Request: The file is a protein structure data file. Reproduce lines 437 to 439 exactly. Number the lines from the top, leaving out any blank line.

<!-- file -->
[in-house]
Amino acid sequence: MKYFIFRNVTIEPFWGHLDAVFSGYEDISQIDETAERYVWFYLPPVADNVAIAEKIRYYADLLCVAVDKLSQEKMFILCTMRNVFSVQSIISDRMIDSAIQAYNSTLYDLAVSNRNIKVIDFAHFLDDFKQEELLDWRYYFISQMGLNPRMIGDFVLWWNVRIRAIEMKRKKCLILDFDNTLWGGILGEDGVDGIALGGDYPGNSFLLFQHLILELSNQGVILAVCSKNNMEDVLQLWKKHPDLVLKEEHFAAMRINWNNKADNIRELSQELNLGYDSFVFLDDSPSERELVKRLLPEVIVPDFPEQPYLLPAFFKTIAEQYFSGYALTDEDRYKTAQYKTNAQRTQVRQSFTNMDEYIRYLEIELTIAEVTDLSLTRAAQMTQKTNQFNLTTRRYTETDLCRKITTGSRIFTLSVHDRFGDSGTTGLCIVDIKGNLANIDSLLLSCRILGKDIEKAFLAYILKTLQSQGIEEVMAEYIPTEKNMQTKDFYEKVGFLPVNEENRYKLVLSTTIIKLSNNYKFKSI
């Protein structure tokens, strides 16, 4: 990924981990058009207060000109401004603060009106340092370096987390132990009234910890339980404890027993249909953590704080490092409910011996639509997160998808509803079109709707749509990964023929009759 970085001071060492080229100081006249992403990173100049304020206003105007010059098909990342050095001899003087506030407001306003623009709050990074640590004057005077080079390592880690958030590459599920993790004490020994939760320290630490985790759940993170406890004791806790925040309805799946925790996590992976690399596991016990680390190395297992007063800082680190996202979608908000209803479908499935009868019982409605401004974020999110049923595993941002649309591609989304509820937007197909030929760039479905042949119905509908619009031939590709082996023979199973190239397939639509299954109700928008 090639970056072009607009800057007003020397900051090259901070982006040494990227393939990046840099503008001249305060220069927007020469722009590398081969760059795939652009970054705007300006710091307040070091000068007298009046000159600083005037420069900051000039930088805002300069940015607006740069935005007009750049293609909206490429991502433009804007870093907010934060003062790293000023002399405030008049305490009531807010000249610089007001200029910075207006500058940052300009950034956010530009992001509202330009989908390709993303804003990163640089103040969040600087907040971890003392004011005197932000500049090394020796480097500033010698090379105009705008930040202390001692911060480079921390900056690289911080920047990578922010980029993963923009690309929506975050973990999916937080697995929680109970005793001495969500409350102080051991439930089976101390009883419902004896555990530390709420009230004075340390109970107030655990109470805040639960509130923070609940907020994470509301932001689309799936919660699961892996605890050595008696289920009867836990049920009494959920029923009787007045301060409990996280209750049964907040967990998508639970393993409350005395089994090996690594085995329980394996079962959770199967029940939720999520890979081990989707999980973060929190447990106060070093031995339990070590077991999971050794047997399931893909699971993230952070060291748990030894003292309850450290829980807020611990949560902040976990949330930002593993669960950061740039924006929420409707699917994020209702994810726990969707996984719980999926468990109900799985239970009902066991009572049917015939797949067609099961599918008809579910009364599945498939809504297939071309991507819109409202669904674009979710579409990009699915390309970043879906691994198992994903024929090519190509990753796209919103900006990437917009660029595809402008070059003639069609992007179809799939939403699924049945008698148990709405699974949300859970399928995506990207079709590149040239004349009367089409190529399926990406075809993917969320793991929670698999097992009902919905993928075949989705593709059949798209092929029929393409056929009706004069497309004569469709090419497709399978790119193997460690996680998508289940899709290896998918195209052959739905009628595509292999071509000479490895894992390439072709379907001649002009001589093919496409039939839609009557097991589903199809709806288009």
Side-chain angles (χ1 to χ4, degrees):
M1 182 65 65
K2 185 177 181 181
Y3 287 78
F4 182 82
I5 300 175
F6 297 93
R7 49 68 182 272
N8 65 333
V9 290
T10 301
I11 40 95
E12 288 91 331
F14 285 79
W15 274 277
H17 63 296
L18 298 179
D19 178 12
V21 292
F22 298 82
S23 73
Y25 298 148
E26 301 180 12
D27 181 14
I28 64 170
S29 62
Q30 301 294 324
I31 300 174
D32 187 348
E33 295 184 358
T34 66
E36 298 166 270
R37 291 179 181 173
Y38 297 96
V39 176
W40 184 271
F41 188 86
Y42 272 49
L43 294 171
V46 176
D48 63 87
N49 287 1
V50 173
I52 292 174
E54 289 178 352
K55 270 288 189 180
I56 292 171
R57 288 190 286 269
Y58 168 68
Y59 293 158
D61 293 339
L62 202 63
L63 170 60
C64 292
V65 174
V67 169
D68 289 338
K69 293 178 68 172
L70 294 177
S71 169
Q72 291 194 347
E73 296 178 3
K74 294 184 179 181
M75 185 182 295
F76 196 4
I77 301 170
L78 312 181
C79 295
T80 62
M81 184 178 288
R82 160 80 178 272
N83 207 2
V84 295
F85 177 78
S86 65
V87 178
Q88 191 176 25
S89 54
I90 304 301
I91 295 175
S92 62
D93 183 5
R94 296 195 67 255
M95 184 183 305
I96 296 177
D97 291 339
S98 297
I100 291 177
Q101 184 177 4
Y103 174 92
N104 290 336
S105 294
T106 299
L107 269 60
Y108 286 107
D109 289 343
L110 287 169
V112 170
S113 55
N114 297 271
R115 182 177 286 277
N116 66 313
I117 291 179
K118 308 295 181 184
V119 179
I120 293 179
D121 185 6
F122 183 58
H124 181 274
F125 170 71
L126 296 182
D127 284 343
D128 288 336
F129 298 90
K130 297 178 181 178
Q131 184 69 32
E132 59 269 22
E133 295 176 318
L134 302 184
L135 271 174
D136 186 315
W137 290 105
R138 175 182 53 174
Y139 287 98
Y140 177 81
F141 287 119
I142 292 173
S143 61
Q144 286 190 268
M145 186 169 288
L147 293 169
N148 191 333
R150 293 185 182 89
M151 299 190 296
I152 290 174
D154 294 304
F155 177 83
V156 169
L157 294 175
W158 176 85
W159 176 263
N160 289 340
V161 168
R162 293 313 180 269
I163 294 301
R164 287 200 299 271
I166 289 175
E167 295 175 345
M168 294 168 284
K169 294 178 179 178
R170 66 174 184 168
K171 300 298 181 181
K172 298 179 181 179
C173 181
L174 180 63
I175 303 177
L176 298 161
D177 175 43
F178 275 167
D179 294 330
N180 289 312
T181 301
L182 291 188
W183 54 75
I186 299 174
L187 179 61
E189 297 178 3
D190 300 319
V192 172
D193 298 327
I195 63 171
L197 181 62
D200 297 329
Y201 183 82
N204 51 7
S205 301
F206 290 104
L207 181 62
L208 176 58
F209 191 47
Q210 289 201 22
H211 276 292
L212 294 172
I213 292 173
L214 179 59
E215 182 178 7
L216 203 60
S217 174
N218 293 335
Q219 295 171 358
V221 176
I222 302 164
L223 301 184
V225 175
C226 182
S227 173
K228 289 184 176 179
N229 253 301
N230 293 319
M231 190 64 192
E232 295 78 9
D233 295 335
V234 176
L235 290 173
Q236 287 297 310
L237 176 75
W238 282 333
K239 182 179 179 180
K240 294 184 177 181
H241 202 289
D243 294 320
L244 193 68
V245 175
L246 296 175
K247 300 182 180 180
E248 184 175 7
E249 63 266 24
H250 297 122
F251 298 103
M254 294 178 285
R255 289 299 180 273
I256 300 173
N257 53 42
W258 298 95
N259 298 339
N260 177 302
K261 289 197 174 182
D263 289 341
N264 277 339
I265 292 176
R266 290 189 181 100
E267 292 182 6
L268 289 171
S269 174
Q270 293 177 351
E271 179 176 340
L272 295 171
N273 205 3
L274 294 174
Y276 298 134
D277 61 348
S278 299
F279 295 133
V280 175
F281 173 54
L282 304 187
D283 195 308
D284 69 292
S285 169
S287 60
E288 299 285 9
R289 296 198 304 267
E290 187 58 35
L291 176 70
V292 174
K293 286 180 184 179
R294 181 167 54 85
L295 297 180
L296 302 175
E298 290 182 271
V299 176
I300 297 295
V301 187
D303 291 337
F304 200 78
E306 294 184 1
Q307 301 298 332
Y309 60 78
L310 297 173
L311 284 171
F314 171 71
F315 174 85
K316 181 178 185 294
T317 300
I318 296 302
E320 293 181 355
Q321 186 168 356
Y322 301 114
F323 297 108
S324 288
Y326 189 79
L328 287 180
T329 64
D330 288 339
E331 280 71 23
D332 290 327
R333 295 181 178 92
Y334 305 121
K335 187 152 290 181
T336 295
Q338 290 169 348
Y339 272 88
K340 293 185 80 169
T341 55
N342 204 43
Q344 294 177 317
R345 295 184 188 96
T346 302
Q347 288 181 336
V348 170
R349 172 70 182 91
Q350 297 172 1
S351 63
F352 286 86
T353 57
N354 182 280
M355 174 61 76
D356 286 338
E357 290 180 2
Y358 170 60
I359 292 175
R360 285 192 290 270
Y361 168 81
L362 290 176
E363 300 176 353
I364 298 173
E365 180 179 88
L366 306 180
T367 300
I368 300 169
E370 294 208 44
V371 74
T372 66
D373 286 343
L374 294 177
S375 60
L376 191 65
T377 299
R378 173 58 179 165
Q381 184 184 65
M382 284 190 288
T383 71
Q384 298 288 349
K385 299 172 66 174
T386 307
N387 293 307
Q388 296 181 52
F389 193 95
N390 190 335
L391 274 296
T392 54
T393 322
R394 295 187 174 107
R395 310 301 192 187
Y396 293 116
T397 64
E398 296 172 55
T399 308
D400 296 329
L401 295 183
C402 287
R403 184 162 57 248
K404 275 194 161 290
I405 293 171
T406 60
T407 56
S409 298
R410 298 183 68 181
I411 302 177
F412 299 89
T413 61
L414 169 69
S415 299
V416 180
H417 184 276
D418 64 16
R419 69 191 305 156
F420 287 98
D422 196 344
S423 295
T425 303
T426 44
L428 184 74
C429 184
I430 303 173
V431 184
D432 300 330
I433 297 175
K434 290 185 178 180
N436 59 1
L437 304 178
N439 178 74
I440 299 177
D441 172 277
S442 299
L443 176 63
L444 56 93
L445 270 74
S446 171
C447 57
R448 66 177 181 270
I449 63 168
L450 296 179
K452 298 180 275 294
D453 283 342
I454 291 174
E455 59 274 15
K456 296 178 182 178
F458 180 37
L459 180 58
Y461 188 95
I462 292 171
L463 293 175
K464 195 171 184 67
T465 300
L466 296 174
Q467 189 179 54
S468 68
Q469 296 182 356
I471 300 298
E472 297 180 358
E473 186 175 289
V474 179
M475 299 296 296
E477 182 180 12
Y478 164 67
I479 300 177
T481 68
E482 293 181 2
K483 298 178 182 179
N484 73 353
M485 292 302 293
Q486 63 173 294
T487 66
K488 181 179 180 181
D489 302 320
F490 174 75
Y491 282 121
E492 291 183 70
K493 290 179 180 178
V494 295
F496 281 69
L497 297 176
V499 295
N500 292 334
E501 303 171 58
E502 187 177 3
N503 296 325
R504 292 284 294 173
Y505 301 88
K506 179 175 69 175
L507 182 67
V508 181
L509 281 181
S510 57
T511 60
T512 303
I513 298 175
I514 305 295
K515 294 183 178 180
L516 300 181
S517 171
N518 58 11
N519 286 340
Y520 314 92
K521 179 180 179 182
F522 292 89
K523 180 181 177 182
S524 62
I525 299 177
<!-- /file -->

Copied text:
V499 295
N500 292 334
E501 303 171 58